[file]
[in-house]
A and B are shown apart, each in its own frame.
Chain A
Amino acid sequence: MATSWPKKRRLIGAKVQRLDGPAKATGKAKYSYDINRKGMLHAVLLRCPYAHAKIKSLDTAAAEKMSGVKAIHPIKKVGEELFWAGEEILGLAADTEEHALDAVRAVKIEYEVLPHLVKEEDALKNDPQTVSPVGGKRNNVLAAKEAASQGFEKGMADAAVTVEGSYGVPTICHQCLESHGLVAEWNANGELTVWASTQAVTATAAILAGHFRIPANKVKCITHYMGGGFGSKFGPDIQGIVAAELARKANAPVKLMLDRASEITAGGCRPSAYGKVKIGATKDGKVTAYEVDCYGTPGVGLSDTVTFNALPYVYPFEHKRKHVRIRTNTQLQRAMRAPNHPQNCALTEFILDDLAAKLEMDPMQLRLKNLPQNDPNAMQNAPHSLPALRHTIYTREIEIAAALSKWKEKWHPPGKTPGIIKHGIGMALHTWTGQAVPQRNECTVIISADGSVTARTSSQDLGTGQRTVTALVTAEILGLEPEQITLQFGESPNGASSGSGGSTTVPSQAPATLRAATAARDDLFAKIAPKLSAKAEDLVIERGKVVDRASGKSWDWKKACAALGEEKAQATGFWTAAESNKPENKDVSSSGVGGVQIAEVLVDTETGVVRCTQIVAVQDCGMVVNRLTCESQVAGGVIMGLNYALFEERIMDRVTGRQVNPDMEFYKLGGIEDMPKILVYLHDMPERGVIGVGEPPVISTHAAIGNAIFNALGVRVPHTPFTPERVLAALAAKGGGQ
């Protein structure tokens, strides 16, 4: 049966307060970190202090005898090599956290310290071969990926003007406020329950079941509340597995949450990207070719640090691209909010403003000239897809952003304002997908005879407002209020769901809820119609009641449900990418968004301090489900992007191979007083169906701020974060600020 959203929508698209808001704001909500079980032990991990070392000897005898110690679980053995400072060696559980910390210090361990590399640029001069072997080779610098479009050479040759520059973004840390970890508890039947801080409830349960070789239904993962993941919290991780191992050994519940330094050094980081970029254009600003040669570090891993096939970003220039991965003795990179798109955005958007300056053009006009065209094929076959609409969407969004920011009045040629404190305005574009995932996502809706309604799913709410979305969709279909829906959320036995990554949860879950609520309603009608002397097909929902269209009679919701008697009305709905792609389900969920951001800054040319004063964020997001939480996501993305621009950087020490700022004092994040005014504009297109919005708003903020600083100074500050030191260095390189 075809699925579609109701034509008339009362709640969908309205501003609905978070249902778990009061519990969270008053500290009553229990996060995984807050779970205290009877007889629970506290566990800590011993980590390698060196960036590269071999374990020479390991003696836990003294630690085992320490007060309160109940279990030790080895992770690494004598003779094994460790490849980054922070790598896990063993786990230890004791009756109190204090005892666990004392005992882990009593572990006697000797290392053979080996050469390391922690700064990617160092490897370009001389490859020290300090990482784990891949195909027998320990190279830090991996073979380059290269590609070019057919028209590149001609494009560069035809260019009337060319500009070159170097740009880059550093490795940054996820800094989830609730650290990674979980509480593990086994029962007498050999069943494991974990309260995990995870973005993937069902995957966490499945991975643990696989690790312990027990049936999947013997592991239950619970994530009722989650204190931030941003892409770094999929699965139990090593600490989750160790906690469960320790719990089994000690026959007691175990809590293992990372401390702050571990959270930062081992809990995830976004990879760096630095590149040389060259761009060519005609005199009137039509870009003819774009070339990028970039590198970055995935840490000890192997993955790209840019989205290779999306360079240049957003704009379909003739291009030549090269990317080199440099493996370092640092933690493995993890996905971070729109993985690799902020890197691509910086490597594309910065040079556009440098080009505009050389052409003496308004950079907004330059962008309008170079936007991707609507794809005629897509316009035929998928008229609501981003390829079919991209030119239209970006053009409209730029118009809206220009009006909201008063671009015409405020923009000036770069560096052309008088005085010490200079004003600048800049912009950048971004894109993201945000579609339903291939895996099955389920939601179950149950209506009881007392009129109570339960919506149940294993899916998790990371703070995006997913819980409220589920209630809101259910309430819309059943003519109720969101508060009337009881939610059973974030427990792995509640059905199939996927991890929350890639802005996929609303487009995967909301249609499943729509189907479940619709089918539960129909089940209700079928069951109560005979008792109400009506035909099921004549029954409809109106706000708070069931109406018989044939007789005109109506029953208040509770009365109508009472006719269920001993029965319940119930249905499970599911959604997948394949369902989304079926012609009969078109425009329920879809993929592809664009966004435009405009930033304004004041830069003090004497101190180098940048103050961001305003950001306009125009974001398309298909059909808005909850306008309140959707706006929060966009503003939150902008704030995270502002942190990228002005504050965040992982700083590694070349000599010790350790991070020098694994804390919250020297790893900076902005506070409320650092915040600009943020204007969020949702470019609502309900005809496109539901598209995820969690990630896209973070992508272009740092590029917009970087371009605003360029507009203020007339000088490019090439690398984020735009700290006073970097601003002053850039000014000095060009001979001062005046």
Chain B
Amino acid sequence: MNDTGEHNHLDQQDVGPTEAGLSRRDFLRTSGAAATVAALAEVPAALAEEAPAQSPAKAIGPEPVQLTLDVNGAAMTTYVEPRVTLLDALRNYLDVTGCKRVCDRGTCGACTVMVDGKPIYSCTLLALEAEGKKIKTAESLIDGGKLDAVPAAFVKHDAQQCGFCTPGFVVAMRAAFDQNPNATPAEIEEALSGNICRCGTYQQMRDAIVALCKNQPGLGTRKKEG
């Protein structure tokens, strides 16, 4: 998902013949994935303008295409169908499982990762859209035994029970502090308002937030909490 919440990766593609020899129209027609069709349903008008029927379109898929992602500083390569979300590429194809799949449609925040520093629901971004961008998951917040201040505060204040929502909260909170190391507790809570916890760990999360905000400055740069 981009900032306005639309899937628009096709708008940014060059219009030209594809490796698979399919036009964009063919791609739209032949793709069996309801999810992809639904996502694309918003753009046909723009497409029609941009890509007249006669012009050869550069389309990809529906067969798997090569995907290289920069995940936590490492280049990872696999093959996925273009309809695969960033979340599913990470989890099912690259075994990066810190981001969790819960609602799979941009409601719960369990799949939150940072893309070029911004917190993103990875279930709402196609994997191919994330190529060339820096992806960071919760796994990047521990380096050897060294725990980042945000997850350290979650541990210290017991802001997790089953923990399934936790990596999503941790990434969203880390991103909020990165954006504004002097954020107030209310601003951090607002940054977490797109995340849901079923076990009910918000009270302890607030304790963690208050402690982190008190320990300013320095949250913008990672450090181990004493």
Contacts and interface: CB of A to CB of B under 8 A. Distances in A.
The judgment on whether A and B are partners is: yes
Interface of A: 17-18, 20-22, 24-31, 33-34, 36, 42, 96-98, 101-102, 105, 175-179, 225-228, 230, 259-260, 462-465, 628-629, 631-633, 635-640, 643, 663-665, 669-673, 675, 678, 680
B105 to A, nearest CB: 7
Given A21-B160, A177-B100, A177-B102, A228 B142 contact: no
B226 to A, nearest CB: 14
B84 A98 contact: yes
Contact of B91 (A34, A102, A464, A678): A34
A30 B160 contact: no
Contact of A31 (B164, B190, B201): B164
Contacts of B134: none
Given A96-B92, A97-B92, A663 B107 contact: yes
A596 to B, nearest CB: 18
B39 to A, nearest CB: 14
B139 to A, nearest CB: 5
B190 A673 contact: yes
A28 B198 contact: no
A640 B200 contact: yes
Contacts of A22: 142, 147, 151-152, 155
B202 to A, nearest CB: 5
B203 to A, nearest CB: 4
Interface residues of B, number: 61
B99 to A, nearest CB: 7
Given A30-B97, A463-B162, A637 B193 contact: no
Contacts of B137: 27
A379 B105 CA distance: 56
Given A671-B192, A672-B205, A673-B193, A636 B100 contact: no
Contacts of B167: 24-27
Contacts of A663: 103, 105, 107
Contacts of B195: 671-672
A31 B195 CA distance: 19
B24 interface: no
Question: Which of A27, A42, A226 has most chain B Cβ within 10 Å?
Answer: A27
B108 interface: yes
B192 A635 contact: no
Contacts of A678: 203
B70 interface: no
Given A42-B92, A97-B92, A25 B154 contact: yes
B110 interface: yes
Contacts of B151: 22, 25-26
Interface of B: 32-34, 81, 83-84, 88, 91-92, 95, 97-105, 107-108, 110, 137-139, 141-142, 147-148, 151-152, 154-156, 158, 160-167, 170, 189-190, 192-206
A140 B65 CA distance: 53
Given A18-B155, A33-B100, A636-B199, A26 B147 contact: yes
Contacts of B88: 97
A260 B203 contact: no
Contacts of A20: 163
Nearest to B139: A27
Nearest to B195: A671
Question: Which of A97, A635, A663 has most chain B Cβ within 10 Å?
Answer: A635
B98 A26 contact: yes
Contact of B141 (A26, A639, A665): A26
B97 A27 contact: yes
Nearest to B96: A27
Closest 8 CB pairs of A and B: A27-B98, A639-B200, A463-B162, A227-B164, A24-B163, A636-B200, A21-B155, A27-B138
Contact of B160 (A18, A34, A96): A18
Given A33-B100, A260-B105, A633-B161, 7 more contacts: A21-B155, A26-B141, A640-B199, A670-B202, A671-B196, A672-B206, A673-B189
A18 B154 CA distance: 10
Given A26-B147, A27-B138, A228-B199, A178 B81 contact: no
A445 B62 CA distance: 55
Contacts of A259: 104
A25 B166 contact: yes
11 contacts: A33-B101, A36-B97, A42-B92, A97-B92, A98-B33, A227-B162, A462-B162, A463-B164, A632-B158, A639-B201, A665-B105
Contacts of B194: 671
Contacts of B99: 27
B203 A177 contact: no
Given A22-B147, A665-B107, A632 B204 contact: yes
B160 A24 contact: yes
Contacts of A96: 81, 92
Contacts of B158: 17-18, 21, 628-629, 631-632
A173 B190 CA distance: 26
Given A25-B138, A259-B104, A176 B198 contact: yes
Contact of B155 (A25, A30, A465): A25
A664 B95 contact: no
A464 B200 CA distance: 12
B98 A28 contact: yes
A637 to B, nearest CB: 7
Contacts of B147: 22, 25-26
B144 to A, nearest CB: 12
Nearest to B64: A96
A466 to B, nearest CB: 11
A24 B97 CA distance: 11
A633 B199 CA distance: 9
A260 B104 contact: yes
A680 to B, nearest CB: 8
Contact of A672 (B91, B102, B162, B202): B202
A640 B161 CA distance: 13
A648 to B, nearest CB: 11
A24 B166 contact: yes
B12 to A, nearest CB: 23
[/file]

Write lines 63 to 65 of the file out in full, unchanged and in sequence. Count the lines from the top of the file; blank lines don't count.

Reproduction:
Nearest to B96: A27
Closest 8 CB pairs of A and B: A27-B98, A639-B200, A463-B162, A227-B164, A24-B163, A636-B200, A21-B155, A27-B138
Contact of B160 (A18, A34, A96): A18